Donald F. McCallum. The Four Great Temples: Buddhist Archaeology, Architecture, and Icons of Seventh-Century Japan. Honolulu: University of Hawai'i Press, 2009. Illustrations. xvii + 328 pp. $38.00 (cloth), ISBN 978-0-8248-3114-1.
Reviewed by J. Edward Kidder
Published on H-Buddhism (October, 2009)
Commissioned by A. Charles Muller (University of Tokyo)
The Major Buddhist Institutions of the Asuka and Hakuhō Periods in the Initial Capital Region of Japan
Several times the Shoku Nihongi (completed in 797) refers to Four Great Temples when particular ceremonies were conducted. In 703, these are specified by their formal Nara-period names: Daianji, Yakushiji, Gangōji, and Gufukuji. For the seventh century, these are the Kudara-ōdera (Daikandaiji), Yakushiji, Asukadera, and Kawaradera. All are today only archaeological sites, three in the general Asuka/Fujiwara area and one possibly an abandoned temple site on the edge of Kibi Pond in Sakurai city. Endless conflicting statements in the old documents require an inordinate amount of attention to the roof tiles as the dating mechanism, and ultimately considerable conjecture as to the temples' features and religious significance. Fortunately for the arguments, numerous illustrations, ground plans, and some projected elevations allow readers to decide for themselves if they are convincing. A glossary and a thirteen-page bibliography supplement the text.
Donald F. McCallum takes up the four temples in chronological order beginning with the Asukadera (Hōkōji). This was the monumental establishment of the Soga clan that served as the temple of the capital. It is the only temple for which the details of construction are recorded in sequence in the Nihon shoki, from the arrival of a team of Korean builders in 588 to its completion in 596. But McCallum accepts the Gangōji engi account as more accurate and Ōhashi's view that much more time would have been needed to construct an early temple of this size. To the surprise of the archaeologists when dug, it had three golden halls, all within the rectangular cloistered compound. The Asukadera was not transferred in its present plan to Heijō, the new capital to which the court moved in 710; a successor to it there was called Gangōji.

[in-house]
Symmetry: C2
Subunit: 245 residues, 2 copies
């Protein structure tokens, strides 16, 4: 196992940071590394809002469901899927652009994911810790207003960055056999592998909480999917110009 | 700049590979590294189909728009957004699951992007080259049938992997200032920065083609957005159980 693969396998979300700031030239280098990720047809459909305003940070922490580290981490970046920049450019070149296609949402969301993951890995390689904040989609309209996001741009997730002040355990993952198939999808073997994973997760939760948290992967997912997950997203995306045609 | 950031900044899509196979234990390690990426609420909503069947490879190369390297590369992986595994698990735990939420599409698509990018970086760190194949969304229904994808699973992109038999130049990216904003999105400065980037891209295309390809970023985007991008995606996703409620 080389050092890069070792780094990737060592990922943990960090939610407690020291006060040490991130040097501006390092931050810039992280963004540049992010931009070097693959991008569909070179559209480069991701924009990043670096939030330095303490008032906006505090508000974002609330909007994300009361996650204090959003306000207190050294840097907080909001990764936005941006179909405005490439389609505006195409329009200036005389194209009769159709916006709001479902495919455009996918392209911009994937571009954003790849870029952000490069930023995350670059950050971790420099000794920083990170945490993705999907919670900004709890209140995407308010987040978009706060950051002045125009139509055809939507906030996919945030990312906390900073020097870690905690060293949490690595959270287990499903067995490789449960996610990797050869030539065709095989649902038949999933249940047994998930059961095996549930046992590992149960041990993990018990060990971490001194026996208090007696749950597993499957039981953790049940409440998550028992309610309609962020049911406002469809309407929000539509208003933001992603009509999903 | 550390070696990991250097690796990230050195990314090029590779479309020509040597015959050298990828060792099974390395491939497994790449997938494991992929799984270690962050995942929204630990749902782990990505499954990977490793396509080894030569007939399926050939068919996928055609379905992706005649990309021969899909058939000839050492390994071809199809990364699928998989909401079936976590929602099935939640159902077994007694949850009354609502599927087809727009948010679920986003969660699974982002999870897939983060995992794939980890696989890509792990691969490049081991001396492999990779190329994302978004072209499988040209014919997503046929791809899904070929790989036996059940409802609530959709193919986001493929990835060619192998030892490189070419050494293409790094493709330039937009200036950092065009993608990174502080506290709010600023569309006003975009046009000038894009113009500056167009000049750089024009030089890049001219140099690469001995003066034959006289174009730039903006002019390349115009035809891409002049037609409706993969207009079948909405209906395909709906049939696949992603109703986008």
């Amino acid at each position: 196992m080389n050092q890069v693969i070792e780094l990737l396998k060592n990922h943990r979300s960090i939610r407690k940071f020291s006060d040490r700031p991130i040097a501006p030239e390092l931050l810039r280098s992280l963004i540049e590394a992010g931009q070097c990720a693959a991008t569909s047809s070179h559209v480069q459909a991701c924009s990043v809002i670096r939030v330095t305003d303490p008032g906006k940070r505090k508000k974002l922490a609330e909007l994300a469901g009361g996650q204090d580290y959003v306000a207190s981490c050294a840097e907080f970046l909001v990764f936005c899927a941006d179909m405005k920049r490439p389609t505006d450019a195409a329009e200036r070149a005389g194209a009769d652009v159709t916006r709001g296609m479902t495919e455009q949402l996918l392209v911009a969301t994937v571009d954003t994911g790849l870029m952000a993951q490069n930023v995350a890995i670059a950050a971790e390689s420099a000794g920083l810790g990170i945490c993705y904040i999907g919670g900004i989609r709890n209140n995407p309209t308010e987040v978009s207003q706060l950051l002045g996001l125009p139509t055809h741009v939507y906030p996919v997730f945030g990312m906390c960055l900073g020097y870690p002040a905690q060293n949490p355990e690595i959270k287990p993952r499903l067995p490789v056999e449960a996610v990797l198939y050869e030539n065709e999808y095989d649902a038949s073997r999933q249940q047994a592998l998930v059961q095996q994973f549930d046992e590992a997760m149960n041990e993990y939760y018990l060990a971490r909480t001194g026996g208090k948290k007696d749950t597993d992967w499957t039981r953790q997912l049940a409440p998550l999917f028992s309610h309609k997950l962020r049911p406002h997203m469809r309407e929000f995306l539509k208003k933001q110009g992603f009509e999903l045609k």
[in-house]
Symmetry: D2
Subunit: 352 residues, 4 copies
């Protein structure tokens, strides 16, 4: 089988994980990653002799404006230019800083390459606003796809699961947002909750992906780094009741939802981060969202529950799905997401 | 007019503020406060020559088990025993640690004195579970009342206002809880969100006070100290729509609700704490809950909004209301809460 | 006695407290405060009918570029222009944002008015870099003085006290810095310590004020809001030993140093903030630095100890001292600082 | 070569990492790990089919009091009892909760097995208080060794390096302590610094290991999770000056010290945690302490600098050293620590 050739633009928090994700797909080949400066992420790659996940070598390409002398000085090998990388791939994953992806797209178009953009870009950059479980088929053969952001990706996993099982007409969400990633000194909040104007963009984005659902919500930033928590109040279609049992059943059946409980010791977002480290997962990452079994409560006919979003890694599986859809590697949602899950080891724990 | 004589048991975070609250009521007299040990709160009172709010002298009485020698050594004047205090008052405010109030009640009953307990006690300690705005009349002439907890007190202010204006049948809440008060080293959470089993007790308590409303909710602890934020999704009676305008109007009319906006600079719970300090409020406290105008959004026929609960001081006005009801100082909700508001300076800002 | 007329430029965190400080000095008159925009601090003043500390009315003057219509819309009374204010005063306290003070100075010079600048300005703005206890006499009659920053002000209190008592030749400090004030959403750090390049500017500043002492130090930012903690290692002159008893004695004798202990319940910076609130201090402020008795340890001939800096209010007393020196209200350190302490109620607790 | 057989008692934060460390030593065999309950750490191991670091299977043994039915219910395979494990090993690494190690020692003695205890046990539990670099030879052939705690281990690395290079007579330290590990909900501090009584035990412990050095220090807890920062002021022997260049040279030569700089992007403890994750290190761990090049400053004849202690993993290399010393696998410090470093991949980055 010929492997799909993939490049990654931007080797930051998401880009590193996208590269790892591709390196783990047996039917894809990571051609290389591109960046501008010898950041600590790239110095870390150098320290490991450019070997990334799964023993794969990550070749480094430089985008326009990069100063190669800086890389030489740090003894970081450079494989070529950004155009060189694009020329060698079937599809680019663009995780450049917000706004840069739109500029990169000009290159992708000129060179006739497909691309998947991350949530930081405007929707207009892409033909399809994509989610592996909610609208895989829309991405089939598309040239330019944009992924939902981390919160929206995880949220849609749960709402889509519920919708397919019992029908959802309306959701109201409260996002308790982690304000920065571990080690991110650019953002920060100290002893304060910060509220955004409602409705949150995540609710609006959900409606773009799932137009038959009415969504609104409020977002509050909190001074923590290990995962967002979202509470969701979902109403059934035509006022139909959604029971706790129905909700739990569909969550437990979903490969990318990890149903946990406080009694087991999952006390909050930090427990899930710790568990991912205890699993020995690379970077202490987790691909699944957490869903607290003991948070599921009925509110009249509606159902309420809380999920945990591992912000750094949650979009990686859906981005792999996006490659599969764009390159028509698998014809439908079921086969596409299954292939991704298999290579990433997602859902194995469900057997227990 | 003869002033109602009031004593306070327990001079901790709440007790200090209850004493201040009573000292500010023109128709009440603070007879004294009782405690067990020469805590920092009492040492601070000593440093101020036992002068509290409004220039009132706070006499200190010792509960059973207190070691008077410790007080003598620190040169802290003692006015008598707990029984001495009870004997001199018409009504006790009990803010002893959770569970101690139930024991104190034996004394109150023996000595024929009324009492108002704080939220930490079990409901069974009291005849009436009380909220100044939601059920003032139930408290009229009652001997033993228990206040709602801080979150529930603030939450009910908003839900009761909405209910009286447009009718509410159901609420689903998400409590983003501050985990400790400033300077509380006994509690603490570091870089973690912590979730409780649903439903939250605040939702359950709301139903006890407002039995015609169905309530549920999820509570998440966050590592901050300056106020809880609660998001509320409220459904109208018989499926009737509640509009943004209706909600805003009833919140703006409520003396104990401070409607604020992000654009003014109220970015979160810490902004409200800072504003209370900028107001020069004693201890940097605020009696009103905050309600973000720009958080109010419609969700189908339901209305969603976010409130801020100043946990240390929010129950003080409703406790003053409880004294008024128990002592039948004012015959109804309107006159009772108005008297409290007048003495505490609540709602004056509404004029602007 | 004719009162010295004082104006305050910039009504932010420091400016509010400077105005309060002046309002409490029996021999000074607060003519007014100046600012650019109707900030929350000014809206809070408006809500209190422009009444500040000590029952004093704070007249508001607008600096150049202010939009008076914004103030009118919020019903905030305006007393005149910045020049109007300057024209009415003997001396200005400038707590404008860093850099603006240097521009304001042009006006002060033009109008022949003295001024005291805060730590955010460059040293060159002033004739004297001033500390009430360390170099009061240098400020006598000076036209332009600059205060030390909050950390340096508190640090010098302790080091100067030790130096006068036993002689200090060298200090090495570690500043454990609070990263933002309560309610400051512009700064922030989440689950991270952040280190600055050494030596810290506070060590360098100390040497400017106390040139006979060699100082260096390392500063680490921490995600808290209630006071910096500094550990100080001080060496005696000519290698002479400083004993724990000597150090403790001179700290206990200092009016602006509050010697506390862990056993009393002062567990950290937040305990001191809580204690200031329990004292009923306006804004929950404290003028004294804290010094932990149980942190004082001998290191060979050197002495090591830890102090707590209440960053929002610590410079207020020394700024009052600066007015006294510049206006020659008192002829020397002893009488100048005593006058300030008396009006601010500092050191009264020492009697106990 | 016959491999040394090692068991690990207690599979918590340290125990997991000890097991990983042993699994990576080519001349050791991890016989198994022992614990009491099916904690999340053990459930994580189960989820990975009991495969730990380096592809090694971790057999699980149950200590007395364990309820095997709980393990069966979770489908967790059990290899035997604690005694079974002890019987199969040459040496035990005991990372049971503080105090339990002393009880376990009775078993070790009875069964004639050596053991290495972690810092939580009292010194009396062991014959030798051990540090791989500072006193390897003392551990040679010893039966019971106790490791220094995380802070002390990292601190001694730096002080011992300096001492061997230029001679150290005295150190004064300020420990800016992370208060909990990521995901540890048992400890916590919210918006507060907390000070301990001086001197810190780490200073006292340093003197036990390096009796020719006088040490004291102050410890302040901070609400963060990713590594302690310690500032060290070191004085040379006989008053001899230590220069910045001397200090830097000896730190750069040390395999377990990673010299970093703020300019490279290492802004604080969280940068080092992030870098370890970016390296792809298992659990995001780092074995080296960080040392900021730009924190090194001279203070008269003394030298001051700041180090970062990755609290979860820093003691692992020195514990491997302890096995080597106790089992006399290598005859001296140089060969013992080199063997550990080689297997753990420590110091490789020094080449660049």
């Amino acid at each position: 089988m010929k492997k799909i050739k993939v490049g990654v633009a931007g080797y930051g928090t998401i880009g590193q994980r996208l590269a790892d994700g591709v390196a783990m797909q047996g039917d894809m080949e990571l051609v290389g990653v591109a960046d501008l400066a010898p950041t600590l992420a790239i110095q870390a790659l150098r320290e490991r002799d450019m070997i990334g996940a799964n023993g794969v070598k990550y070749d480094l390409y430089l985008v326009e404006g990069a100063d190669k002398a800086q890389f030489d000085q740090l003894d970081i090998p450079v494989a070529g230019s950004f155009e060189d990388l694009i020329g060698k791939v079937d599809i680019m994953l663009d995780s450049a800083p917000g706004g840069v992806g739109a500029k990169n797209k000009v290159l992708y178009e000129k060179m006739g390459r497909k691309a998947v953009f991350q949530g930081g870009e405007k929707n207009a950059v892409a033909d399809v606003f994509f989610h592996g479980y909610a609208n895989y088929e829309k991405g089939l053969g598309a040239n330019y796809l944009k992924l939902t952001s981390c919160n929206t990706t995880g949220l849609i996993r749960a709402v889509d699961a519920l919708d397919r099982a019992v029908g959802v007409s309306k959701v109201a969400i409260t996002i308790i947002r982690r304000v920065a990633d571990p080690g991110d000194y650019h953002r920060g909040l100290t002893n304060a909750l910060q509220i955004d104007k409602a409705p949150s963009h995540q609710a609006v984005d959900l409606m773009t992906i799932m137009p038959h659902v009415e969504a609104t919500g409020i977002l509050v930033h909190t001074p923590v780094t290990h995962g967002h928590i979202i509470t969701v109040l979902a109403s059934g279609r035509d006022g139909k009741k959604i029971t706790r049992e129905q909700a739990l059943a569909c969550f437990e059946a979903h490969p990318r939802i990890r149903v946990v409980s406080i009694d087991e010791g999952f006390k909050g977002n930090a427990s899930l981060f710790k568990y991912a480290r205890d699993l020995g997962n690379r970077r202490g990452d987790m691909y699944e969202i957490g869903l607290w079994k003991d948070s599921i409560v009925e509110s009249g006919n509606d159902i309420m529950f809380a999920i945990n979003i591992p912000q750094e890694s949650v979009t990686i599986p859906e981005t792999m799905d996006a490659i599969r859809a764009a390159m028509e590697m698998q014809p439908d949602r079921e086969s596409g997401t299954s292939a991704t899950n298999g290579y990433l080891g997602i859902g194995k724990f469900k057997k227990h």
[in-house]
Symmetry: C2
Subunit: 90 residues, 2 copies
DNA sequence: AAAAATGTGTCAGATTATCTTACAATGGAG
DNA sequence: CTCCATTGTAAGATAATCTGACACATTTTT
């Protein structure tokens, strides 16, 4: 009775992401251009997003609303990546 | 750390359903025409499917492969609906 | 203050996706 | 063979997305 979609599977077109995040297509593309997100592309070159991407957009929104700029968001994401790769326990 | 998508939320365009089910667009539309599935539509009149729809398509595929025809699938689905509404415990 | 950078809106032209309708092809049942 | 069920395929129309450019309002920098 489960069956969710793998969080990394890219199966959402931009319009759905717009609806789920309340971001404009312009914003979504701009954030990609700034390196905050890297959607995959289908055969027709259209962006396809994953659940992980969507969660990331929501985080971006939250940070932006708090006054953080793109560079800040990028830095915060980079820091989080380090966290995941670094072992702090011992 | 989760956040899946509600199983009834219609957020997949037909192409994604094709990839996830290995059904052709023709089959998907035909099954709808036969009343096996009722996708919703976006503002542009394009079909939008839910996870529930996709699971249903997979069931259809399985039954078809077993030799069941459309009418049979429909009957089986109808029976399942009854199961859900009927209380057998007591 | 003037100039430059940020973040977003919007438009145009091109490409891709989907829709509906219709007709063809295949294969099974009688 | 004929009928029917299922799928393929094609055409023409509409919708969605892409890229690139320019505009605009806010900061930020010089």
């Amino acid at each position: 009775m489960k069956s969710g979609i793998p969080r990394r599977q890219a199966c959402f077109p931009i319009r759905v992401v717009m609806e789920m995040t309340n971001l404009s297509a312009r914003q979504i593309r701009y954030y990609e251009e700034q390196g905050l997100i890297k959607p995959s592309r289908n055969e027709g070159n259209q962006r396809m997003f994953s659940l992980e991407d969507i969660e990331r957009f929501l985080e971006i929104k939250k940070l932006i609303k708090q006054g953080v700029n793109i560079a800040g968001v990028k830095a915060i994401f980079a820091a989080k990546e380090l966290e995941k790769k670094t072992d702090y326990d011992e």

By far the most knotty problems arise when dealing with the Kudara-ōdera, a temple said in the Nihon shoki to have been ordered by Emperor Jomei in the seventh month of 639, along with a new palace, on the bank of the Kudara River. And only five months later, the same document says its nine-story pagoda was built. The Daianji engi gives the same date, but the Nihon shoki virtually repeats itself when Jomei's wife, who followed him as Empress Kōgyoku, in 642 ordered the building of a "great temple." The former text has the golden hall and nine-story pagoda destroyed by fire "about that time," a catastrophe not recorded in the Nihon shoki. That leaves the initial location in doubt, as the Kudara River is an elusive name today.
For no explained reason the temple was moved to Takechi in 673, spoken of as Takechi-ōdera--for which no site has yet been identified--and then renamed Daikandaiji by 677 (in the Daianji engi), by which name it gets much more attention. McCallum then accepts the remains of an abandoned temple at the Kibi Pond, dug intensively between 1997 and 2000, as the pre-673 site of the Kudara-ōdera. The present identifiable Daikandaiji site shows that the block system of the Fujiwara capital, occupied in 694, was marked off with the temple--and the Yakushiji--already in place. It burned down in 711. The succeeding temple, Daianji, was built in Heijō in the early eighth century.
The Kudara-ōdera was huge, and the Kibi Pond site meets the specifications. In the mound identified as the pagoda platform, archaeologists uncovered a large hole that had contained the base stone of its center pole (the reader will have to get used to McCallum's "heart stone"). The ground plan of this temple is what is popularly called the "Hōryûji plan," that is to say, the golden hall and pagoda lie side by side instead of in a longitudinal south to north sequential relationship. The conclusion of this chapter is largely a defense of the claim in the old texts that a nine-story pagoda was built so early, referring to models in China and Korea.
For the Kawaradera, no early texts are useful, and later texts only cloud the issue by giving dates ranging from 584 to 774, most of which are meaningless. McCallum follows a common pattern of accepting its construction by Emperor Tenji who held the reins of government from 661 to 671, as its roof tiles and presumed structural features belong to about his time. It was probably built as a memorial to his mother, Empress Saimei, where she had had a palace. The Kawaradera played a major role in the burgeoning Buddhist activities of Asuka, and, to judge by the distribution of its style of tiles, it was the center of wide-ranging connections in the provinces, another feature indicating substantial royal patronage. The temple eventually decomposed, probably around the middle of the ninth century. Archaeological finds indicate some of the statuary was polychromed clay. Tenji's connection with temple building leads to an excursion into the Ōtsu and related temples.